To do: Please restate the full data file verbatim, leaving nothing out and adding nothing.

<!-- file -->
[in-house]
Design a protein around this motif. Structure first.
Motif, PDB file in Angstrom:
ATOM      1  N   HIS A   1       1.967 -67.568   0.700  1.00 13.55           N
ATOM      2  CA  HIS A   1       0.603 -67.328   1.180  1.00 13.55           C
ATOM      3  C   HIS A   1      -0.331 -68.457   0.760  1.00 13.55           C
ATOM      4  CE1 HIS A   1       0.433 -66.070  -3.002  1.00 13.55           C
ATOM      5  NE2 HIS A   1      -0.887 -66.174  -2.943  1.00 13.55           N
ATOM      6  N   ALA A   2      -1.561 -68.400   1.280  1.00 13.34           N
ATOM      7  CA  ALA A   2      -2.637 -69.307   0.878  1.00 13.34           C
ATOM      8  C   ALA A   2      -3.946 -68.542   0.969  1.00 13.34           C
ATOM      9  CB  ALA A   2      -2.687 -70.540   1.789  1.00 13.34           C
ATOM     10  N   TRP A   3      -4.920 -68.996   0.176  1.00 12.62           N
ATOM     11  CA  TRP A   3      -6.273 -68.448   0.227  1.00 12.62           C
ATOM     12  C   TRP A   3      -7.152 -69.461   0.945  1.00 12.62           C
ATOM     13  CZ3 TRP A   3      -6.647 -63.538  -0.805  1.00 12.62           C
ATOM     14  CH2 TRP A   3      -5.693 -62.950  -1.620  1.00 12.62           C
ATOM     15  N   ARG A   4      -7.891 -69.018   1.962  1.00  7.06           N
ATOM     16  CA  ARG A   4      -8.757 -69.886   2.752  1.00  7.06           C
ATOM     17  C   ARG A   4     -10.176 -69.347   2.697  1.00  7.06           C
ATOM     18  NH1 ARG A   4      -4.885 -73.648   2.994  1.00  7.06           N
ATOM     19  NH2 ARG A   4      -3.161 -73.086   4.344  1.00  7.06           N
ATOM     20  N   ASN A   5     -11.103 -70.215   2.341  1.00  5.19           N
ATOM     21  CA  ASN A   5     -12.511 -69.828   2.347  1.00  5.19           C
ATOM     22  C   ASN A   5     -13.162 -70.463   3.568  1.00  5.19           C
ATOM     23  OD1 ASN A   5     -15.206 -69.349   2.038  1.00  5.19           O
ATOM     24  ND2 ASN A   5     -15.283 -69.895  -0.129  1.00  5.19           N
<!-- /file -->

[in-house]
Design a protein around this motif. Structure first.
Motif, PDB file in Angstrom:
ATOM      1  N   HIS A   1       1.967 -67.568   0.700  1.00 13.55           N
ATOM      2  CA  HIS A   1       0.603 -67.328   1.180  1.00 13.55           C
ATOM      3  C   HIS A   1      -0.331 -68.457   0.760  1.00 13.55           C
ATOM      4  CE1 HIS A   1       0.433 -66.070  -3.002  1.00 13.55           C
ATOM      5  NE2 HIS A   1      -0.887 -66.174  -2.943  1.00 13.55           N
ATOM      6  N   ALA A   2      -1.561 -68.400   1.280  1.00 13.34           N
ATOM      7  CA  ALA A   2      -2.637 -69.307   0.878  1.00 13.34           C
ATOM      8  C   ALA A   2      -3.946 -68.542   0.969  1.00 13.34           C
ATOM      9  CB  ALA A   2      -2.687 -70.540   1.789  1.00 13.34           C
ATOM     10  N   TRP A   3      -4.920 -68.996   0.176  1.00 12.62           N
ATOM     11  CA  TRP A   3      -6.273 -68.448   0.227  1.00 12.62           C
ATOM     12  C   TRP A   3      -7.152 -69.461   0.945  1.00 12.62           C
ATOM     13  CZ3 TRP A   3      -6.647 -63.538  -0.805  1.00 12.62           C
ATOM     14  CH2 TRP A   3      -5.693 -62.950  -1.620  1.00 12.62           C
ATOM     15  N   ARG A   4      -7.891 -69.018   1.962  1.00  7.06           N
ATOM     16  CA  ARG A   4      -8.757 -69.886   2.752  1.00  7.06           C
ATOM     17  C   ARG A   4     -10.176 -69.347   2.697  1.00  7.06           C
ATOM     18  NH1 ARG A   4      -4.885 -73.648   2.994  1.00  7.06           N
ATOM     19  NH2 ARG A   4      -3.161 -73.086   4.344  1.00  7.06           N
ATOM     20  N   ASN A   5     -11.103 -70.215   2.341  1.00  5.19           N
ATOM     21  CA  ASN A   5     -12.511 -69.828   2.347  1.00  5.19           C
ATOM     22  C   ASN A   5     -13.162 -70.463   3.568  1.00  5.19           C
ATOM     23  OD1 ASN A   5     -15.206 -69.349   2.038  1.00  5.19           O
ATOM     24  ND2 ASN A   5     -15.283 -69.895  -0.129  1.00  5.19           N